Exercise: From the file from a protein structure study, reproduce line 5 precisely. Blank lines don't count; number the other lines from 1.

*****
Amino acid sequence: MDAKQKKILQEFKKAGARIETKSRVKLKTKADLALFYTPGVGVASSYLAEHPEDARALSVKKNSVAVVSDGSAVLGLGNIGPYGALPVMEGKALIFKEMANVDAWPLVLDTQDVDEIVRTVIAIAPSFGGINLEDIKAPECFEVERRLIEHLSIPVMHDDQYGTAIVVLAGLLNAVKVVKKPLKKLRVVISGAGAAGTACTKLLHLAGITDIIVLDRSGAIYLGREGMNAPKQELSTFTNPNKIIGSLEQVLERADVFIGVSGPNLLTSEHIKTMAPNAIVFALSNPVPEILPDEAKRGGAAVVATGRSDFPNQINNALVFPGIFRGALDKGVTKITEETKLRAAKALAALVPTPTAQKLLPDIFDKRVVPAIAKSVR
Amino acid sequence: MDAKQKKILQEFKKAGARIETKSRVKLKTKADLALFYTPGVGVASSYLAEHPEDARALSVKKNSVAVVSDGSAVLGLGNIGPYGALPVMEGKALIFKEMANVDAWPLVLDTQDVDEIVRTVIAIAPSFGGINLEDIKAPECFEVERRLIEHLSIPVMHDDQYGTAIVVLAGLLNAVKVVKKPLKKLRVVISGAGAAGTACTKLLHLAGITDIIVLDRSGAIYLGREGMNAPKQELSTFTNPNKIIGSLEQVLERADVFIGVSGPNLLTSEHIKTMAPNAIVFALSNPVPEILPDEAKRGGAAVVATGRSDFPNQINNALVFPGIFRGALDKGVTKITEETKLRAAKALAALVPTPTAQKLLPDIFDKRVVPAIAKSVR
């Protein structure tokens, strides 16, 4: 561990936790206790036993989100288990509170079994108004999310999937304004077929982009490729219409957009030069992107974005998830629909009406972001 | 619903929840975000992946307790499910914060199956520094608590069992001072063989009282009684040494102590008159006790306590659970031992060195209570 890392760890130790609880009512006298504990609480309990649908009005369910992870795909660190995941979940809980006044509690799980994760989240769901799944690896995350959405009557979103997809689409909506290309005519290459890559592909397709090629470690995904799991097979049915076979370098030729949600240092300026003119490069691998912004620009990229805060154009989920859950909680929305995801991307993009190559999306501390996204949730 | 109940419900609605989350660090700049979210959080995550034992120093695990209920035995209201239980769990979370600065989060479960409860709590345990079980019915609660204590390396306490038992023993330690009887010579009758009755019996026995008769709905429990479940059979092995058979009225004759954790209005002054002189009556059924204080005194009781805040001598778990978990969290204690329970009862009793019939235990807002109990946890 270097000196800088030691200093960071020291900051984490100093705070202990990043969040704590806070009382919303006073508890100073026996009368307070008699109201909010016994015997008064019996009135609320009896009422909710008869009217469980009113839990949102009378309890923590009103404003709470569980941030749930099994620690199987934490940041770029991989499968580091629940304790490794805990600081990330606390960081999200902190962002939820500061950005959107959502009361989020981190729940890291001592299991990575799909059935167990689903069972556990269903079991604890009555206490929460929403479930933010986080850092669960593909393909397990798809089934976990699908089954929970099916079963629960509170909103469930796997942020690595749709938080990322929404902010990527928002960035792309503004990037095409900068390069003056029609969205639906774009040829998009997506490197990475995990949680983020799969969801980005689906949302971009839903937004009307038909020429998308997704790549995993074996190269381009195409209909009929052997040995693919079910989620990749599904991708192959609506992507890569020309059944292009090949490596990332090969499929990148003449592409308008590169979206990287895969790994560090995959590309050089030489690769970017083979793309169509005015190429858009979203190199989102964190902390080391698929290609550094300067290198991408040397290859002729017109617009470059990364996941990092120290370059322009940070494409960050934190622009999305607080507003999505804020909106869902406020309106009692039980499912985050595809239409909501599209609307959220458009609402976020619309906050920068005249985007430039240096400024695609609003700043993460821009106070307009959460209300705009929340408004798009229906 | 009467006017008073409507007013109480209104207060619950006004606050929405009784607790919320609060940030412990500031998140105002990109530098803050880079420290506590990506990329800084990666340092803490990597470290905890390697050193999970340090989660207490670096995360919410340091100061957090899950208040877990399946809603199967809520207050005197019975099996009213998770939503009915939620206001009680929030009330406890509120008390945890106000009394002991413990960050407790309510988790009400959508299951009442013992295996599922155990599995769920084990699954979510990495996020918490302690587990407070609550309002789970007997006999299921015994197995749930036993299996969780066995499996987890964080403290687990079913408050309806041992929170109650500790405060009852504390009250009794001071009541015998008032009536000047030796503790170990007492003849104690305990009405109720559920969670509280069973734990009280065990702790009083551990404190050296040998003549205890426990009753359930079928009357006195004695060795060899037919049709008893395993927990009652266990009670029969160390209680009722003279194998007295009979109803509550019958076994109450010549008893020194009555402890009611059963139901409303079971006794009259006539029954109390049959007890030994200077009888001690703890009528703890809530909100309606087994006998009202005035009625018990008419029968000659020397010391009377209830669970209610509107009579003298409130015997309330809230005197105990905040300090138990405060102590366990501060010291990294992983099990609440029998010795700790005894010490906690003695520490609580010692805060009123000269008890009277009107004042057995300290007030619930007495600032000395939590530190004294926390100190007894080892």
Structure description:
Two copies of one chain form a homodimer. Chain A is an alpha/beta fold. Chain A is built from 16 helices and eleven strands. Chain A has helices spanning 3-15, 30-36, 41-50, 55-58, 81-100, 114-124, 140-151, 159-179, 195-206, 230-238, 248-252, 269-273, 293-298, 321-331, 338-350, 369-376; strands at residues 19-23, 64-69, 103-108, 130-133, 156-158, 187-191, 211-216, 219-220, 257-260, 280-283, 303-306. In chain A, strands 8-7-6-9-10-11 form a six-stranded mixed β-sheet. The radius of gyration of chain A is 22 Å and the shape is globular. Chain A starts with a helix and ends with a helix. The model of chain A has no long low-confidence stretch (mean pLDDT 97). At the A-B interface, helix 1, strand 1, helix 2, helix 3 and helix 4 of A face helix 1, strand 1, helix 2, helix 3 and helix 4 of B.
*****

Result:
Two copies of one chain form a homodimer. Chain A is an alpha/beta fold. Chain A is built from 16 helices and eleven strands. Chain A has helices spanning 3-15, 30-36, 41-50, 55-58, 81-100, 114-124, 140-151, 159-179, 195-206, 230-238, 248-252, 269-273, 293-298, 321-331, 338-350, 369-376; strands at residues 19-23, 64-69, 103-108, 130-133, 156-158, 187-191, 211-216, 219-220, 257-260, 280-283, 303-306. In chain A, strands 8-7-6-9-10-11 form a six-stranded mixed β-sheet. The radius of gyration of chain A is 22 Å and the shape is globular. Chain A starts with a helix and ends with a helix. The model of chain A has no long low-confidence stretch (mean pLDDT 97). At the A-B interface, helix 1, strand 1, helix 2, helix 3 and helix 4 of A face helix 1, strand 1, helix 2, helix 3 and helix 4 of B.